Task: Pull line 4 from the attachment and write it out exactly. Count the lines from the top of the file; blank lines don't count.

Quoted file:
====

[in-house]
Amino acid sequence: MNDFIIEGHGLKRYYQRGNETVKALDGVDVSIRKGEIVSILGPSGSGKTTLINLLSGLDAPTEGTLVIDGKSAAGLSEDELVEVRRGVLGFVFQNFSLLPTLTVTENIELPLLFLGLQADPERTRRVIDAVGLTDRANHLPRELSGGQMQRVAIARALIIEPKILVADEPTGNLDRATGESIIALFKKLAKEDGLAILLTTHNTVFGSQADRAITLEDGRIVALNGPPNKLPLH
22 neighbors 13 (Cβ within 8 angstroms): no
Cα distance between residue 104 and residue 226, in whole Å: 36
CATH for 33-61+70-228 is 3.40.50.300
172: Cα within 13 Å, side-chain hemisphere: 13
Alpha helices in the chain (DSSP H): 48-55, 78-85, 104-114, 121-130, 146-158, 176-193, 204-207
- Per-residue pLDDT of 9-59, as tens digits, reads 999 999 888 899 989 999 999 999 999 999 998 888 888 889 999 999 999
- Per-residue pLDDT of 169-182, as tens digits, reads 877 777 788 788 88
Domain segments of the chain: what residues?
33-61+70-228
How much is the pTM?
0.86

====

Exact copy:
Cα distance between residue 104 and residue 226, in whole Å: 36